And ‑‑ and it's, like, historically, it's sort of the old bughousers, as we used to call people who worked in mental institutions, refer to these kids, or ‑‑ and some of them were into their twenties, as crib case ‑‑ or as bridge cases, the implication being that you should just toss them off the bridge.

Well, he made this remark in this committee hearing and referred to the crib cases as bridge cases. And within an hour, the Governor's telephone was ringing off the hook from angry parents.
And this is one of my favorite Governor Egan stories.

He called the Commissioner of Health and Social Services and he said, I want that man fired. He told him what he'd done, and he said, I want him fired. And the commissioner said he'd take care of it. And the Governor said, I'll hold. And the commissioner told me this story.

And so he walked down the hall and said, you're done, and walked back and said, it's taken care of. And I thought, you know, Egan understood bureaucracy in government, you know, a lot better than the average person.
So one of the things that ‑‑ that we did in the ‑‑ in the Division of Mental Health was we changed the name to the Division of Mental Health and Developmental Disabilities.

Because we already had a lot of the institutionalized retarded people, and we'd had others that didn't need to be in the institution, could be elsewhere. And now we had the Office of Developmental Disabilities, and so it was all sort of together.

And I ‑‑ I always thought that because of the way the statute was written, mental health, the mental health lands always included the mentally retarded. And as far as I was concerned, broadening that to the developmentally disabled was not ‑‑ you know, was in my ‑‑ in my thinking, it was sort of a nicer way of talking about the mentally retarded, in a sense.

Although I know that there are people who are developmentally disabled who are not, in fact, handicapped mentally, you know. But ‑‑ so that sort of was not troublesome to me.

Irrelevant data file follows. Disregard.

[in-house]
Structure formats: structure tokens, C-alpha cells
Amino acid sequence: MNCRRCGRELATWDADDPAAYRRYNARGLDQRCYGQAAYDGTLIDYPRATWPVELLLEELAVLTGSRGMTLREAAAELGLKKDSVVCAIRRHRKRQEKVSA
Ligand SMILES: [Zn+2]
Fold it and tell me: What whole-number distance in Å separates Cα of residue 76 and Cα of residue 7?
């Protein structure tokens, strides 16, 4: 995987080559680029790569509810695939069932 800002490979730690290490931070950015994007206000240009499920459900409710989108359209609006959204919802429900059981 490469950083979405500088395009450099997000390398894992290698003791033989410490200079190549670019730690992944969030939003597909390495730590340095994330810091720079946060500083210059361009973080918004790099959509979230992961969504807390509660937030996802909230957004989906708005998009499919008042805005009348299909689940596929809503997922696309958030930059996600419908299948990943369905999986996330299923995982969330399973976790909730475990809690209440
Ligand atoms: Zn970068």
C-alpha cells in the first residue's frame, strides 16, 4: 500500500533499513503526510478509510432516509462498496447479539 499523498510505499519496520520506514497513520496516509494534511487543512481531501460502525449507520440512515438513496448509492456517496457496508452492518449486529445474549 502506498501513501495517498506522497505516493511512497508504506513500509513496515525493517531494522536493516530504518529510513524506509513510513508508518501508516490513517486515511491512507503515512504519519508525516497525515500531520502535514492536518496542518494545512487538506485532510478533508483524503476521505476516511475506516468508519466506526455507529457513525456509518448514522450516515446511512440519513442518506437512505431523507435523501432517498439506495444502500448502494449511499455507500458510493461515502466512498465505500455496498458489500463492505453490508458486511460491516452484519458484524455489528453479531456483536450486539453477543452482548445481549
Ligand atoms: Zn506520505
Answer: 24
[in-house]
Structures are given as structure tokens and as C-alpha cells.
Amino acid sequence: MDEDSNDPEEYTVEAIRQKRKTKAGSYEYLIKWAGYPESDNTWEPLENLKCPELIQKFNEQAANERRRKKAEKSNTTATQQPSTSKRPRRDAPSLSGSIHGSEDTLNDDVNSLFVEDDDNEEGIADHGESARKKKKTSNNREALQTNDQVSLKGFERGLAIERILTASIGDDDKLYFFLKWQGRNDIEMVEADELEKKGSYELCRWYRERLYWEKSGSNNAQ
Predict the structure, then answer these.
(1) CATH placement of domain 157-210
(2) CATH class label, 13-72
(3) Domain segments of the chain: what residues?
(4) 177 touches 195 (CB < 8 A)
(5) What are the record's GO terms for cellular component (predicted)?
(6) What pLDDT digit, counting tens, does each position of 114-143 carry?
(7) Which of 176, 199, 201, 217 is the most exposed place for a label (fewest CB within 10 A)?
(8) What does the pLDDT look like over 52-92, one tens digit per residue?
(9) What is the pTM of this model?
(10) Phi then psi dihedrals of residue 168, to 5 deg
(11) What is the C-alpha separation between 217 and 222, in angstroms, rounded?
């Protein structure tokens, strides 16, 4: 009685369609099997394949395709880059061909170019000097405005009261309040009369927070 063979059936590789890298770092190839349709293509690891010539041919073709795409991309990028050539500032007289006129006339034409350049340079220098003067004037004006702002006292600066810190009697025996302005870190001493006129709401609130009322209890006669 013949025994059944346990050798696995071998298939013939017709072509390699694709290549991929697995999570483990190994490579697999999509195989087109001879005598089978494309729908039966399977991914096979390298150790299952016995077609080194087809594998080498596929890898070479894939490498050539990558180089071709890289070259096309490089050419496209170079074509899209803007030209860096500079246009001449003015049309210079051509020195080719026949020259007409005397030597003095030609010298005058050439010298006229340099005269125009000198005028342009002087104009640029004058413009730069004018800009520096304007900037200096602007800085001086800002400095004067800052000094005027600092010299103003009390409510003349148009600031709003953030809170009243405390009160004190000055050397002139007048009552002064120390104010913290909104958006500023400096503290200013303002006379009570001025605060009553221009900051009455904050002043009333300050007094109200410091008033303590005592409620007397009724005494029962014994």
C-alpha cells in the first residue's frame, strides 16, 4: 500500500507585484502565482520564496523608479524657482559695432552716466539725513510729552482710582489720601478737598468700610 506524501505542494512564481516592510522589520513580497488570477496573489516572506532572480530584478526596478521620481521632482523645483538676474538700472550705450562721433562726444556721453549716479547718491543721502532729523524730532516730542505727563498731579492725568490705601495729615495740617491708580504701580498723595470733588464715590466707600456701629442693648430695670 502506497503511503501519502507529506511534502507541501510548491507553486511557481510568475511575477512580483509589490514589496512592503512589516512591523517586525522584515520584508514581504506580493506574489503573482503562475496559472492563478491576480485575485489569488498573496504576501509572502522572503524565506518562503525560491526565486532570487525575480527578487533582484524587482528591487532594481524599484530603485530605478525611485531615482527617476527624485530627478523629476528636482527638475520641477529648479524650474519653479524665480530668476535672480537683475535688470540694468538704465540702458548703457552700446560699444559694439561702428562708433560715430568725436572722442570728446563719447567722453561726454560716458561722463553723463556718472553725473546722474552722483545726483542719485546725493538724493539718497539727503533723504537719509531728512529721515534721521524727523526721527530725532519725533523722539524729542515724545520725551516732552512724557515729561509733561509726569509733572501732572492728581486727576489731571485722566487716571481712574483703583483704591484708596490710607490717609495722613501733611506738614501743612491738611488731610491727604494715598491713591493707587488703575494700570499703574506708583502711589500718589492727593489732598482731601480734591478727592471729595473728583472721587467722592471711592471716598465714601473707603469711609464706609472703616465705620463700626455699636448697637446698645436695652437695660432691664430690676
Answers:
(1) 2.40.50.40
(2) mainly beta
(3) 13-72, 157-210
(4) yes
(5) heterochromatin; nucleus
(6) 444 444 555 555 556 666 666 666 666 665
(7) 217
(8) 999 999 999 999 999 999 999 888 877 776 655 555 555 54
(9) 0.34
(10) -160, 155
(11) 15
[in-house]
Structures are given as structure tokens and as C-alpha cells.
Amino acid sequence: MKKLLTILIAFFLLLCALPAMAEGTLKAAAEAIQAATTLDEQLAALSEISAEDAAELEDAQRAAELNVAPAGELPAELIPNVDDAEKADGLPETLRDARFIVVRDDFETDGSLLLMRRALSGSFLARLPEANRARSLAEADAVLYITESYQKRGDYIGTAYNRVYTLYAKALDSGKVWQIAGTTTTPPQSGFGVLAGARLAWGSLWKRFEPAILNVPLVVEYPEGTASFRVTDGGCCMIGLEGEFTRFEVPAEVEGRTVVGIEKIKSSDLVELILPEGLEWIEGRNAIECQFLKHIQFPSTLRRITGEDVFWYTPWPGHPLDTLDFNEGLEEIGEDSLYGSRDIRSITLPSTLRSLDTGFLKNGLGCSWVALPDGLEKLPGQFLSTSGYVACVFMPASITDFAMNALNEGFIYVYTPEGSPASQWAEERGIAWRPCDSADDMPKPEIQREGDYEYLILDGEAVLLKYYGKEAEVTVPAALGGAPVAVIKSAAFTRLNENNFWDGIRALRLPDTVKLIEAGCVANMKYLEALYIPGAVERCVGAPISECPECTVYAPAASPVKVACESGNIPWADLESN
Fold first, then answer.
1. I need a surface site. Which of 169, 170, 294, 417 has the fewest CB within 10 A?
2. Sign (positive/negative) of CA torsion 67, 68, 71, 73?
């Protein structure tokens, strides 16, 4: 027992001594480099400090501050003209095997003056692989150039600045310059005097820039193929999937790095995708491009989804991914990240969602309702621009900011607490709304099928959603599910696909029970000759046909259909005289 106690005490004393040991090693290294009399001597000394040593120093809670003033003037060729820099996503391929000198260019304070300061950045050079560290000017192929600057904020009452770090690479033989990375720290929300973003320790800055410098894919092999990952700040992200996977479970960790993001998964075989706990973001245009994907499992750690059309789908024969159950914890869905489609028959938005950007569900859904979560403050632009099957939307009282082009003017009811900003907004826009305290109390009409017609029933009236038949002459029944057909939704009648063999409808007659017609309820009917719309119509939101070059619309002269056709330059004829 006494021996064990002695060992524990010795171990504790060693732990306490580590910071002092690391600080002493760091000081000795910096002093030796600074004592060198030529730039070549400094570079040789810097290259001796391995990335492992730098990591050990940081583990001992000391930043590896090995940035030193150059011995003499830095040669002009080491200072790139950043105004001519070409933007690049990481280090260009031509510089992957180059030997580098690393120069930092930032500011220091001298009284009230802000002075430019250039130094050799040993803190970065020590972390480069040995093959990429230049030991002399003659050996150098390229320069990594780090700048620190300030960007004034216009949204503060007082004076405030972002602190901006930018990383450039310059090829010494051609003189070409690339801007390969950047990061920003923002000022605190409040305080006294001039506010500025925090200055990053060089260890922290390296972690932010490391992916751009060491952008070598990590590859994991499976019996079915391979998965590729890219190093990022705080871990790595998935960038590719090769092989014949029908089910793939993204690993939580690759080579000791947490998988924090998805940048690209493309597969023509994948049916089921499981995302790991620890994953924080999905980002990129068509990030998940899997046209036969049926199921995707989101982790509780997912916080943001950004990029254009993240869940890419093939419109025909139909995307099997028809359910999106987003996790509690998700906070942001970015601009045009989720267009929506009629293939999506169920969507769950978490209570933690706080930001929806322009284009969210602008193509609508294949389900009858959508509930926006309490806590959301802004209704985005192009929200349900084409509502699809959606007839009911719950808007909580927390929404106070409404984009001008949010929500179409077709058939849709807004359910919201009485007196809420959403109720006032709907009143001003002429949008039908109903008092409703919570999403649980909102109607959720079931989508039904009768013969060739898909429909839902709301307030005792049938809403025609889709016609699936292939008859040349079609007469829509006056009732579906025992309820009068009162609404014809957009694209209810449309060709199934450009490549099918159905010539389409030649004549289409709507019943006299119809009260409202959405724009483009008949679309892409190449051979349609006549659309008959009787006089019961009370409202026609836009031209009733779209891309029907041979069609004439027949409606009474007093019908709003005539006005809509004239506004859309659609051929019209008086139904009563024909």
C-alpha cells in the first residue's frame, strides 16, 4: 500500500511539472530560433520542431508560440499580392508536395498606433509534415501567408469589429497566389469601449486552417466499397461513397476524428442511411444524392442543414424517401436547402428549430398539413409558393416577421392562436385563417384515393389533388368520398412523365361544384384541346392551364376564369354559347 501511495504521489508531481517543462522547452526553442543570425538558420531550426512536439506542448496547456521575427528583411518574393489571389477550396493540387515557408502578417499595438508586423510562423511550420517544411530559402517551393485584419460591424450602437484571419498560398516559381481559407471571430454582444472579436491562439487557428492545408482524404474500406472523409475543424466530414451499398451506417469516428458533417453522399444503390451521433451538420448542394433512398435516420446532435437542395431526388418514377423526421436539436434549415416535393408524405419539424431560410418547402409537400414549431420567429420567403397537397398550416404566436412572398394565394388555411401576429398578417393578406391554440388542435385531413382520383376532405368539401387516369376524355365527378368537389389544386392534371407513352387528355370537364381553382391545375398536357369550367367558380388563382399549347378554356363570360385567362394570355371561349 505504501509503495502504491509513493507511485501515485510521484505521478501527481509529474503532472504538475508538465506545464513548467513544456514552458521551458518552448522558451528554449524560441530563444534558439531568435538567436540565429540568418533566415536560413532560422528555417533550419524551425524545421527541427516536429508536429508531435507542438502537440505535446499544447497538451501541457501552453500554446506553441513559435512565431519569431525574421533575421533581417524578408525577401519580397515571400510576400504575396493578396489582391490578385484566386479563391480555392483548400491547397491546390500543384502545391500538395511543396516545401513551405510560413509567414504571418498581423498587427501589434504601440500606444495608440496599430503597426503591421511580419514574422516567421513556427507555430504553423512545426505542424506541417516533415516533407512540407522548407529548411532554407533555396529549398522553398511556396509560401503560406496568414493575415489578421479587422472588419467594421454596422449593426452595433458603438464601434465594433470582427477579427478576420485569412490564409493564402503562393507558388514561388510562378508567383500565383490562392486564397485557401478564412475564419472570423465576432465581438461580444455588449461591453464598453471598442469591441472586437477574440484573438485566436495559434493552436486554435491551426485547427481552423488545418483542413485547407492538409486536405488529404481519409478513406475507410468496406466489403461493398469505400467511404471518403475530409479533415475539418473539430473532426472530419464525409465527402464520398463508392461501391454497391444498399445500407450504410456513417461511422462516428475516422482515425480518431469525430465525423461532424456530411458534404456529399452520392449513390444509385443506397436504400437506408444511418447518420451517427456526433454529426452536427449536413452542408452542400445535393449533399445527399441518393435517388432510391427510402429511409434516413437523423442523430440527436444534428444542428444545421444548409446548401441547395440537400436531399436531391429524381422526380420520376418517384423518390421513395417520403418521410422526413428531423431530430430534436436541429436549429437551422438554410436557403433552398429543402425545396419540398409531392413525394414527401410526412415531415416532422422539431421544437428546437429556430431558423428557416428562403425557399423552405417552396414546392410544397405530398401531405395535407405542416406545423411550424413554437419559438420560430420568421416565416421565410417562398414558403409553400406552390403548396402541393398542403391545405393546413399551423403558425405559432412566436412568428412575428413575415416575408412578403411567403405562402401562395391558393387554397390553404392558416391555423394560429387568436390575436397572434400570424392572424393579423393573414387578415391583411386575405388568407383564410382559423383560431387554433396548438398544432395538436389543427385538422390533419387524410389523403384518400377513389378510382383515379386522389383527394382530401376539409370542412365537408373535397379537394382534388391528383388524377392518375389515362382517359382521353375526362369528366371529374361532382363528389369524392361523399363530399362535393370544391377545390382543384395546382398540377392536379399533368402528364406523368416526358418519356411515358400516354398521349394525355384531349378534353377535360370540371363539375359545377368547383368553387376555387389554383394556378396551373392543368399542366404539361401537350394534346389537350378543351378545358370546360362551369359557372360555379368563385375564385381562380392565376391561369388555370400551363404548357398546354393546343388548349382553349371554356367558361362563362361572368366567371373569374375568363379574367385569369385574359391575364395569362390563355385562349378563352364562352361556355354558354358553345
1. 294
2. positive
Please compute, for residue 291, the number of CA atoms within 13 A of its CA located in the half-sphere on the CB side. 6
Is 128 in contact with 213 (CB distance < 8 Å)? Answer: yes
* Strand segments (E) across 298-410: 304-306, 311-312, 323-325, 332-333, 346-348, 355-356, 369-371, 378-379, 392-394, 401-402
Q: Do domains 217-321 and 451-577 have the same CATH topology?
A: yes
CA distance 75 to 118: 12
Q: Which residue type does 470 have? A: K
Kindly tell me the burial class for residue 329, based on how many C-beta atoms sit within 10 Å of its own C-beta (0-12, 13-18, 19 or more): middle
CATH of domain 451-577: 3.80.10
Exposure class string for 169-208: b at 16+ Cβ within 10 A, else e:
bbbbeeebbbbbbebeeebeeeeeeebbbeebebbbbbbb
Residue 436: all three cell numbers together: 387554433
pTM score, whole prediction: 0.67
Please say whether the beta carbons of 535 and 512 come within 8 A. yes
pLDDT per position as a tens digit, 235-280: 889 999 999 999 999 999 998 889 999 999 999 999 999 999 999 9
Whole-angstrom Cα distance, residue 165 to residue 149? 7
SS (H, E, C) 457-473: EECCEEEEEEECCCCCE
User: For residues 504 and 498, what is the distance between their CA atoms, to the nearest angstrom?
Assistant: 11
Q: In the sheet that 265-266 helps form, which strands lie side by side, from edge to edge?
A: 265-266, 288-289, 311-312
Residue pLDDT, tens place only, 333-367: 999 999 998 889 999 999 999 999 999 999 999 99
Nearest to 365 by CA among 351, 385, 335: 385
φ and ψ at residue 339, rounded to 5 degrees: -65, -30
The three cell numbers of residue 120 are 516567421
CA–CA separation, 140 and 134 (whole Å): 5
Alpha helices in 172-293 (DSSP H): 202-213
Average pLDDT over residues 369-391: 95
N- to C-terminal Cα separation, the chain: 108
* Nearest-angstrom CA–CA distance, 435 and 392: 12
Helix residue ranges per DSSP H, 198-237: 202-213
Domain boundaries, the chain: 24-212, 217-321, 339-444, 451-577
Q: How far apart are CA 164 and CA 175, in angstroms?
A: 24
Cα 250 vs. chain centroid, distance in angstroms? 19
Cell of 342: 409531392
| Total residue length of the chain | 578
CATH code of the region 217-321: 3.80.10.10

Section 8: And there was a ‑‑ a sort of long‑standing issue about those people with alcohol and drug problems. The Office of Alcoholism and Drug Abuse was separate from the Division of Mental Health. And in many states, it was part of the Division of Mental Health or the Department of Mental Health.

But it ‑‑ you know, and ‑‑ and early on, NIMH paid for somebody to do a consultation to see whether or not it made sense to integrate these programs in Alaska, and there was a lot of resistance from the alcohol and drug people to do that sort of thing.

And I think it came down to they didn't want anybody committed for treatment. Now, it's different if the ‑‑ if the judge makes a condition of your sentencing that you get treatment, you know. That's viewed differently by the alcohol and drug world.

But ‑‑ so, you know, it's like I ‑‑ I was not particularly motivated to try to build a bigger and ‑‑ you know, department. I was more interested in doing a good job with what we, you know, had to do.

But the ‑‑ I think that the way Vern Weiss got involved was this grew out of some connection between Steve Cowper and Vern Weiss' father, that may not have had anything to do with mental health or mental health lands or what have you.

I think he ‑‑ his father was a client of some ‑‑ some connection with Steve Cowper.
And I ‑‑ I didn't know that Vern Weiss' basic problem was developmental disability. I mean, I think that's what it was. I never met him, I never really knew anything about him.

And I wasn't really involved in the selection of, you know, who ‑‑ I mean, I didn't ‑‑ not being a lawyer, I didn't think in terms of we need a name, we need a person, you know, what have you. I just saw it as a sort of a public interest lawsuit. So ‑‑

BILL SCHNEIDER: So Weiss didn't come to you?
JERRY SCHRADER: Now, did he go to Natalie? Not that I know of, but I ‑‑ I don't know how that decision came about.